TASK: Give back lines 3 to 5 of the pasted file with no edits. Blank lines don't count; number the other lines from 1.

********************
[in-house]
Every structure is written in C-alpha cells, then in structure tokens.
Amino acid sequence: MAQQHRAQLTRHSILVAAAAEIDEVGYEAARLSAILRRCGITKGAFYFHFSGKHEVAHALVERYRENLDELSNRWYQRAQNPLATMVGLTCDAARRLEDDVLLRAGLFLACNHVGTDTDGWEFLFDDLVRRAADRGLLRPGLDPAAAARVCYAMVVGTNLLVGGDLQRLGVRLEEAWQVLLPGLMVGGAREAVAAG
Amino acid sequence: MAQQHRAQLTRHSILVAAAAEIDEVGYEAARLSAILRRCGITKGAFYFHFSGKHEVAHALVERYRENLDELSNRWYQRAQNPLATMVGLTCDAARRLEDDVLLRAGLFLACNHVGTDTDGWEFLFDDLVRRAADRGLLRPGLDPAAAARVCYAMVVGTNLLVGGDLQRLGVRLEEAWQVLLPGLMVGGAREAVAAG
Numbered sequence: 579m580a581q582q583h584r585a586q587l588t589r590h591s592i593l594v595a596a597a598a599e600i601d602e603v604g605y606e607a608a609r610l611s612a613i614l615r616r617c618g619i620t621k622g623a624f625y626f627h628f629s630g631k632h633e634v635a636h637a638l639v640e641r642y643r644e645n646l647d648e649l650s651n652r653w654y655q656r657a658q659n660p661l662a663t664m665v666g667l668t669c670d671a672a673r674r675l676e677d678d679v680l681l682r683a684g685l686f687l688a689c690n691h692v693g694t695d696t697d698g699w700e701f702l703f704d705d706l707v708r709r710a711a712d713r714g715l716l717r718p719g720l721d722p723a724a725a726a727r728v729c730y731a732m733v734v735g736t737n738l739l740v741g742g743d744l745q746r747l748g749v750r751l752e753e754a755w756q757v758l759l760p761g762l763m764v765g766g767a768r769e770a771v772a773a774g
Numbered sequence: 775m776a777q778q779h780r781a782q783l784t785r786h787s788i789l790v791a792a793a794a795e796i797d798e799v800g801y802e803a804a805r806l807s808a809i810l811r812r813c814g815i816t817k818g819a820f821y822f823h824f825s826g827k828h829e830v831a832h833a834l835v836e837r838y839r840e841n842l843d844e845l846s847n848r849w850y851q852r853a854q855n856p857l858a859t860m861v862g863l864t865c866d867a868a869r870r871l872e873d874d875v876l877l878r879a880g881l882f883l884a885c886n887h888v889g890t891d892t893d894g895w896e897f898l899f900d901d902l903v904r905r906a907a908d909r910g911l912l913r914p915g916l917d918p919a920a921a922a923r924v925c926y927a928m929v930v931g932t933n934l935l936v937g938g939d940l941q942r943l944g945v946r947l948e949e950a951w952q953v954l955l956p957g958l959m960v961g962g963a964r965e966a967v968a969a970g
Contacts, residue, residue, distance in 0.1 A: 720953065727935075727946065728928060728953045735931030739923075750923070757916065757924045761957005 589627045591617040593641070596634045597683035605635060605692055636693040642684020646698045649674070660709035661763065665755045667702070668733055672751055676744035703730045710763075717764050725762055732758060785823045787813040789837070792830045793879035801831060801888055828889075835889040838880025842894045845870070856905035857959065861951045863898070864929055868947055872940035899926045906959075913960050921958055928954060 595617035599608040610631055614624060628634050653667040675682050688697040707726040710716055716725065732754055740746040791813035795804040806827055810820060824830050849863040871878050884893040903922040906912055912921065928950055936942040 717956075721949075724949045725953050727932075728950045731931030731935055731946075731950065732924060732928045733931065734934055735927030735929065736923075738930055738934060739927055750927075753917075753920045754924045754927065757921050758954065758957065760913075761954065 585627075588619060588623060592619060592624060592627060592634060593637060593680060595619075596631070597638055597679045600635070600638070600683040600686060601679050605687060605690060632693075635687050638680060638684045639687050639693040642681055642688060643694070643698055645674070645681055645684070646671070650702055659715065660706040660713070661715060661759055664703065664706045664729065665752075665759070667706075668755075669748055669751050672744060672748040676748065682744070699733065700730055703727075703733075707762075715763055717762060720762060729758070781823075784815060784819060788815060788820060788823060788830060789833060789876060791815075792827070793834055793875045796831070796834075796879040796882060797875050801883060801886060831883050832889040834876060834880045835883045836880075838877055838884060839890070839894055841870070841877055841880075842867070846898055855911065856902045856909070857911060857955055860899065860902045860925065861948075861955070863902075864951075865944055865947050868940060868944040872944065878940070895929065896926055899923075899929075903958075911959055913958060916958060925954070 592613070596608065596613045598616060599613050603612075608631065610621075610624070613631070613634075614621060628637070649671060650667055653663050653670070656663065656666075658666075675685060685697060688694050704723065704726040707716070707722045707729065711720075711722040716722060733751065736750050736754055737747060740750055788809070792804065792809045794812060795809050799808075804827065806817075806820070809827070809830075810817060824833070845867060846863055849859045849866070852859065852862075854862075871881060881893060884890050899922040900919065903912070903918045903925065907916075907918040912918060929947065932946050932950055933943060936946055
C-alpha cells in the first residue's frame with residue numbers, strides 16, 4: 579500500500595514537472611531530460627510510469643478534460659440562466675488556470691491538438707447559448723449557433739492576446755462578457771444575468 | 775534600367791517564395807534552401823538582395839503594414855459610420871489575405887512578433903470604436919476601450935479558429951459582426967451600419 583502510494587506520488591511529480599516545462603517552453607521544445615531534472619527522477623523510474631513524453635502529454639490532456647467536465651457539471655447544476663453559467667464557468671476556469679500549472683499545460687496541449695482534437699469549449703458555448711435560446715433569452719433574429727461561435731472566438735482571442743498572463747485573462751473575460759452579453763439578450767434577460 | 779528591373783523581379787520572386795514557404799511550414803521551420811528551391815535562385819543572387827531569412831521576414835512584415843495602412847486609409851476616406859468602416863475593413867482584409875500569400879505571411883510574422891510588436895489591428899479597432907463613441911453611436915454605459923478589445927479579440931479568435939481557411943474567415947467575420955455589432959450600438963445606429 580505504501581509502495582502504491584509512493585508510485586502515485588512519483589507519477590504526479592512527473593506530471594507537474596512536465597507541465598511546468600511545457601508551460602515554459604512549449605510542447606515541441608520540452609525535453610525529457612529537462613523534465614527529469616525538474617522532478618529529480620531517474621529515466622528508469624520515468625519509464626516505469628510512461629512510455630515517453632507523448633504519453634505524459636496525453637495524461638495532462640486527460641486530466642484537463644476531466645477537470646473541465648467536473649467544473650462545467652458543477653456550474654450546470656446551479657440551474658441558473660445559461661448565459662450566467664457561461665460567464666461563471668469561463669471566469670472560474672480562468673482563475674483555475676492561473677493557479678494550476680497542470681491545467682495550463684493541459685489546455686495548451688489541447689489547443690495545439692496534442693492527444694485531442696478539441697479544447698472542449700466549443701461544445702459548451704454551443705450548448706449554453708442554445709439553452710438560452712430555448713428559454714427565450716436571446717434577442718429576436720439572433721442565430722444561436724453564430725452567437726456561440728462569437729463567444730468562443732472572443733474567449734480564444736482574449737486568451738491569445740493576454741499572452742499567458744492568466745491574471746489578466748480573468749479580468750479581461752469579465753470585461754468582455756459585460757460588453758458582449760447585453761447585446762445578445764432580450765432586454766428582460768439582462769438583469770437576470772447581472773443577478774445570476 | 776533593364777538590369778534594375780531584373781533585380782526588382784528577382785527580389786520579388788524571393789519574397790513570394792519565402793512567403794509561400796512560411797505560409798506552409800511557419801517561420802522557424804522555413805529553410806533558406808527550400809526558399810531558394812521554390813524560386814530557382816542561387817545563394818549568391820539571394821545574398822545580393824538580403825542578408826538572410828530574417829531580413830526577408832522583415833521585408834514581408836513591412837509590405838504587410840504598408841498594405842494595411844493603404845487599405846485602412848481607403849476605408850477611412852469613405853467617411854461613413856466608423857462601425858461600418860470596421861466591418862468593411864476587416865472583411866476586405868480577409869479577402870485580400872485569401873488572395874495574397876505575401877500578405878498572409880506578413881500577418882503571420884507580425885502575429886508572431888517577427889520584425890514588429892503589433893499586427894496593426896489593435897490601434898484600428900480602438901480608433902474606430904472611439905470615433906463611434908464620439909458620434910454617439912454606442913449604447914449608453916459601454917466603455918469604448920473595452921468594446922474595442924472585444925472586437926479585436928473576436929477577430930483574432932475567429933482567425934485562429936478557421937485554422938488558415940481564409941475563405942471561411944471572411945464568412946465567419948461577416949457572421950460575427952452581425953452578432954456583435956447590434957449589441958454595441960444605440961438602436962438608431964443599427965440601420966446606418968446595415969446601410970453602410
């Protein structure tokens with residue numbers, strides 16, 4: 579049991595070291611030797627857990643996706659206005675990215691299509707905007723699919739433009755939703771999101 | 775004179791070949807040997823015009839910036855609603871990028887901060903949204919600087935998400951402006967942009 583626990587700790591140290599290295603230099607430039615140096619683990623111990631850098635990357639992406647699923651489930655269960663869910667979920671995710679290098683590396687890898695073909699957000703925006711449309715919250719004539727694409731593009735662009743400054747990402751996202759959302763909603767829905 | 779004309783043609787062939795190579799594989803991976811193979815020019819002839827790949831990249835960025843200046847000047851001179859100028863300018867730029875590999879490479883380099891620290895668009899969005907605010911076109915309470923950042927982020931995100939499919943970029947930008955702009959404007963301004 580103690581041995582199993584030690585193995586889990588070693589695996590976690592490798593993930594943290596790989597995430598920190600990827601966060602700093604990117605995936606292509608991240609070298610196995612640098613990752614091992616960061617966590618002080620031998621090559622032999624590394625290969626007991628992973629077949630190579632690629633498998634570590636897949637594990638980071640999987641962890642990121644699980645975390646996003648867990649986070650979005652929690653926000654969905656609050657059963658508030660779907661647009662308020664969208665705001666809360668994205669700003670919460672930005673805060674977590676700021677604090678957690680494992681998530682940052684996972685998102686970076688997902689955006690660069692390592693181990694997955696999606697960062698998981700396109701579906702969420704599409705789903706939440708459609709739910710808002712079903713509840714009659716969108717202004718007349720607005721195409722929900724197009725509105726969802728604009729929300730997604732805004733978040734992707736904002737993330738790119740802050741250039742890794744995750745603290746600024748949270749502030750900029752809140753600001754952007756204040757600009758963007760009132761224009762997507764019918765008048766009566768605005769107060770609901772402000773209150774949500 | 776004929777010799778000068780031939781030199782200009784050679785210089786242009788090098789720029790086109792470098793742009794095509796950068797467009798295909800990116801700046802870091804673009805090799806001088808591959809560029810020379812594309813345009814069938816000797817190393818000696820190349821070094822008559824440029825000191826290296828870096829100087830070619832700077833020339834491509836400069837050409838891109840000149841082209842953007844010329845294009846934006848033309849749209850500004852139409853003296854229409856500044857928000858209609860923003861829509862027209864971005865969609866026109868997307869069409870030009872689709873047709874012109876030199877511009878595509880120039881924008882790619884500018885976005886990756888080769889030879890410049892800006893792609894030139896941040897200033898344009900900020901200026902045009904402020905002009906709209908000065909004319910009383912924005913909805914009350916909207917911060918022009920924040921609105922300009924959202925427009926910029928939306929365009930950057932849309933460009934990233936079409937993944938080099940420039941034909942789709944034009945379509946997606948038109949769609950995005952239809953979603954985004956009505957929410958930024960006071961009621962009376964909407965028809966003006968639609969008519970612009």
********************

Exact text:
Amino acid sequence: MAQQHRAQLTRHSILVAAAAEIDEVGYEAARLSAILRRCGITKGAFYFHFSGKHEVAHALVERYRENLDELSNRWYQRAQNPLATMVGLTCDAARRLEDDVLLRAGLFLACNHVGTDTDGWEFLFDDLVRRAADRGLLRPGLDPAAAARVCYAMVVGTNLLVGGDLQRLGVRLEEAWQVLLPGLMVGGAREAVAAG
Amino acid sequence: MAQQHRAQLTRHSILVAAAAEIDEVGYEAARLSAILRRCGITKGAFYFHFSGKHEVAHALVERYRENLDELSNRWYQRAQNPLATMVGLTCDAARRLEDDVLLRAGLFLACNHVGTDTDGWEFLFDDLVRRAADRGLLRPGLDPAAAARVCYAMVVGTNLLVGGDLQRLGVRLEEAWQVLLPGLMVGGAREAVAAG
Numbered sequence: 579m580a581q582q583h584r585a586q587l588t589r590h591s592i593l594v595a596a597a598a599e600i601d602e603v604g605y606e607a608a609r610l611s612a613i614l615r616r617c618g619i620t621k622g623a624f625y626f627h628f629s630g631k632h633e634v635a636h637a638l639v640e641r642y643r644e645n646l647d648e649l650s651n652r653w654y655q656r657a658q659n660p661l662a663t664m665v666g667l668t669c670d671a672a673r674r675l676e677d678d679v680l681l682r683a684g685l686f687l688a689c690n691h692v693g694t695d696t697d698g699w700e701f702l703f704d705d706l707v708r709r710a711a712d713r714g715l716l717r718p719g720l721d722p723a724a725a726a727r728v729c730y731a732m733v734v735g736t737n738l739l740v741g742g743d744l745q746r747l748g749v750r751l752e753e754a755w756q757v758l759l760p761g762l763m764v765g766g767a768r769e770a771v772a773a774g